Confederation Centre of the Arts

Built in 1964, the Confederation Centre of the Arts may be housed in a glass-and-concrete monstrosity, but it’s the home of the Charlottetown Festival and Anne of Green Gables musical, the island’s main library, a couple of theatres, the summer-only Story of Confederation exhibit and an eclectic art gallery (mid-May to mid-Oct daily 9am–5pm; mid-Oct to mid-May Wed–Sat 11am–5pm, Sun 1–5pm; donation suggested), whose changing exhibitions always have a Canadian emphasis and often include a variety of nineteenth-century artefacts.

The story of Confederation

The island’s most significant historical attraction is the Province House National Historic Site at 165 Richmond St, but this is likely to be closed until at least 2018 for a massive renovation. Until then, if you’re here in summer, visit the Story of Confederation exhibit (July & Aug Mon–Sat 9am–5pm, Sun 11am–4pm; free), housed at the Confederation Centre of the Arts. Here there’s a replica of the Confederation Chamber where the Fathers of Confederation – representatives of Nova Scotia, New Brunswick, then-Canada (Ontario and Québec) and PEI – met during the Charlottetown Conference in 1864, to discuss a union of the British colonies in North America. It took two more conferences before confederation was finally achieved in 1867, though PEI didn’t join for a further six years, and only then because it was bankrupt after an ill-advised splurge on railway construction.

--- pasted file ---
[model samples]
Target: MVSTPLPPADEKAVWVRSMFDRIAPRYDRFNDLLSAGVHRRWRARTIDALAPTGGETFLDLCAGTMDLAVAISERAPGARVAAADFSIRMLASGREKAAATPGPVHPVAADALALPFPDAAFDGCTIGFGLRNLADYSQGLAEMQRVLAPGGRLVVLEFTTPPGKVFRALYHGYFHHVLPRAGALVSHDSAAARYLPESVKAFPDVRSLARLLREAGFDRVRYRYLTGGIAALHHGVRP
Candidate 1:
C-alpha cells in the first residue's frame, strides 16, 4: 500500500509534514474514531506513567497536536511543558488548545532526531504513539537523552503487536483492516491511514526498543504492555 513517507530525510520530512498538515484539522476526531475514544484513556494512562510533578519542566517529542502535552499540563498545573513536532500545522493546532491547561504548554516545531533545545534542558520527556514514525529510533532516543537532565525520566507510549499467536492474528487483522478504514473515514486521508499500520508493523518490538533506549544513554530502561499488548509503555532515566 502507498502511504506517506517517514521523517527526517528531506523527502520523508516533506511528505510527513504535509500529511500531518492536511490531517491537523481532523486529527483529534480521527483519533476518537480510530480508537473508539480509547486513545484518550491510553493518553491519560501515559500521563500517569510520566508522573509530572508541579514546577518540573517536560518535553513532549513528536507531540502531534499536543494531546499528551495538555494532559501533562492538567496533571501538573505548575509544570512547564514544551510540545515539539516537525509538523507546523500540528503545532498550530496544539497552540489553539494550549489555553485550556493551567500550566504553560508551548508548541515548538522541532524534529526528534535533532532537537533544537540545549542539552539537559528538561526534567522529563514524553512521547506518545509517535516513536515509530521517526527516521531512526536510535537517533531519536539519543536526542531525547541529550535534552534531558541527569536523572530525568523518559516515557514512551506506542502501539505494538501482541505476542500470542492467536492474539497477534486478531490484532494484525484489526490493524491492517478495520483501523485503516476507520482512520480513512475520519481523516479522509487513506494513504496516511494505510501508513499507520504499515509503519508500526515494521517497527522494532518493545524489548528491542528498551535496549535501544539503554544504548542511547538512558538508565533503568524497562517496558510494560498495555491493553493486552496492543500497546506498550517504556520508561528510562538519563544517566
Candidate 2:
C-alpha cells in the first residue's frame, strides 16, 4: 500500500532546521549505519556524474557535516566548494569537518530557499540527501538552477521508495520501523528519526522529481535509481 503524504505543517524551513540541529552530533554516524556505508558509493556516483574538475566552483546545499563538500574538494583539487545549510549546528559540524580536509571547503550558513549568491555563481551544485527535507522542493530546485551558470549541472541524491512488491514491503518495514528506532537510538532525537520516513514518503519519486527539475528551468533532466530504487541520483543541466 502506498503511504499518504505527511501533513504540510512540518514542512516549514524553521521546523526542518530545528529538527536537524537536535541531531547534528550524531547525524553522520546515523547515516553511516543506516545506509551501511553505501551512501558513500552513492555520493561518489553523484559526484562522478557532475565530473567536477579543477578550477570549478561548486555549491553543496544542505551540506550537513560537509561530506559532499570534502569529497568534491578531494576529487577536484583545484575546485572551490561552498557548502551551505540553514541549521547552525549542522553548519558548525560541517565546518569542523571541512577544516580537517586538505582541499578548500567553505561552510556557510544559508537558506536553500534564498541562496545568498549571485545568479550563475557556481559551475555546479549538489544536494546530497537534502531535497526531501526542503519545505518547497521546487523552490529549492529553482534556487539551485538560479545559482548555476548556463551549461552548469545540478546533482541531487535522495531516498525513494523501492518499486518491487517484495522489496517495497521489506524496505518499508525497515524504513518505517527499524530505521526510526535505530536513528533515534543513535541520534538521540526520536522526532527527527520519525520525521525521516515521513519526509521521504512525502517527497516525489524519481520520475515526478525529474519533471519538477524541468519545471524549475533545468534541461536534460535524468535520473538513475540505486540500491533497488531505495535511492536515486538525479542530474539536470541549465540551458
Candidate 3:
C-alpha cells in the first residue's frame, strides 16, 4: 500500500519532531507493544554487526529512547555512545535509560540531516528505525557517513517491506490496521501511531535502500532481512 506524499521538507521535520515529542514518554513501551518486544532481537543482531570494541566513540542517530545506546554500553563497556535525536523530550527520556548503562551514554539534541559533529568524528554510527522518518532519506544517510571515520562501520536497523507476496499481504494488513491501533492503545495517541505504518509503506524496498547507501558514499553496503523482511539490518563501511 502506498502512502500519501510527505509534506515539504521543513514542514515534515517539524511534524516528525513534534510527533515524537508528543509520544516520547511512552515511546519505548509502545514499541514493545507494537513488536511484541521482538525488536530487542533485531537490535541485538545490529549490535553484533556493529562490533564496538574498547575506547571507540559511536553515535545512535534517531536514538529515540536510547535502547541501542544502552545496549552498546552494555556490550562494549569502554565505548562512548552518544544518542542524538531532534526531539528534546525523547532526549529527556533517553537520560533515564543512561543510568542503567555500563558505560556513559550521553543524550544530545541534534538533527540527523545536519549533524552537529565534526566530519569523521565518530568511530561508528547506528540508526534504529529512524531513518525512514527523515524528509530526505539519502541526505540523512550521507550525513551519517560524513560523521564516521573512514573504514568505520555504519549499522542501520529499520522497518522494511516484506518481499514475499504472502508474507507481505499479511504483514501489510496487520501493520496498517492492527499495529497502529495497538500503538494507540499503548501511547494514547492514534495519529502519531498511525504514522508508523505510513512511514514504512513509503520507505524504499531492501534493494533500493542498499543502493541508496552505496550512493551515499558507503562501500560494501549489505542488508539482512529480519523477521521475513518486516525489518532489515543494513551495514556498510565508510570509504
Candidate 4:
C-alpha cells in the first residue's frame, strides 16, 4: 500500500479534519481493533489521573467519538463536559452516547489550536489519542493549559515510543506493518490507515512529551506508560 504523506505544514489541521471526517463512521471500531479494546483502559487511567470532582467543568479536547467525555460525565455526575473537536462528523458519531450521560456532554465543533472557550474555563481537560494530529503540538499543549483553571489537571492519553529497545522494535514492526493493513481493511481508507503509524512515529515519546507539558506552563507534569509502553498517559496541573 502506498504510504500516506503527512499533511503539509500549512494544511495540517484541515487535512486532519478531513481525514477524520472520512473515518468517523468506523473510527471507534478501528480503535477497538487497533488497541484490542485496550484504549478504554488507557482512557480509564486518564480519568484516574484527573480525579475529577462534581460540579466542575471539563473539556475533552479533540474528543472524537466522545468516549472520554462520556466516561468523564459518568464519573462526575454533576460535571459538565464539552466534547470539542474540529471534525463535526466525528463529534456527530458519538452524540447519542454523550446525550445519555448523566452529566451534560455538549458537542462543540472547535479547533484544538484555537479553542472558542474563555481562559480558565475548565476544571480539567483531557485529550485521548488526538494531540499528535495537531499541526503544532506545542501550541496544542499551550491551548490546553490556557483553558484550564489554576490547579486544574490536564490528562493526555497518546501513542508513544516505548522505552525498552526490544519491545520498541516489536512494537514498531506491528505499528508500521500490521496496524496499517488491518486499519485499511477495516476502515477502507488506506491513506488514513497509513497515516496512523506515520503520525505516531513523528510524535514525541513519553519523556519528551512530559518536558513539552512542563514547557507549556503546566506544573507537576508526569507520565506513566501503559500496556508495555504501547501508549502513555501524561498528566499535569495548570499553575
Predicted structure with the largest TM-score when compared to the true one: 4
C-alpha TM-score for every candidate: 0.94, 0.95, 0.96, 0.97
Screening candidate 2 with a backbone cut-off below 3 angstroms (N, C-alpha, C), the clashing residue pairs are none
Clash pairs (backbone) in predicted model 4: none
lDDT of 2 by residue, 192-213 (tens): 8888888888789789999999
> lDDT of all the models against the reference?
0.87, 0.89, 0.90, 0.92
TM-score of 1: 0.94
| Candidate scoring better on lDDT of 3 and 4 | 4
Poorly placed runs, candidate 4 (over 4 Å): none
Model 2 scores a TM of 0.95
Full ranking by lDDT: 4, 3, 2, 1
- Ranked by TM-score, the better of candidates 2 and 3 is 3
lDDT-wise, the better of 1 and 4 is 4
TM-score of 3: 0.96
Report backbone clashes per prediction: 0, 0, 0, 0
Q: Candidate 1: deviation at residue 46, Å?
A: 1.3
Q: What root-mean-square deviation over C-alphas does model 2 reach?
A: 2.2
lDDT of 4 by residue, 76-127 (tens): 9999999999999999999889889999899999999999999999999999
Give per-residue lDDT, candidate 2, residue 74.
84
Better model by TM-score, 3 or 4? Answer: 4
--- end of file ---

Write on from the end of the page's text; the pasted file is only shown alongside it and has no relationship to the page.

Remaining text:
Cycling and hiking the Confederation Trail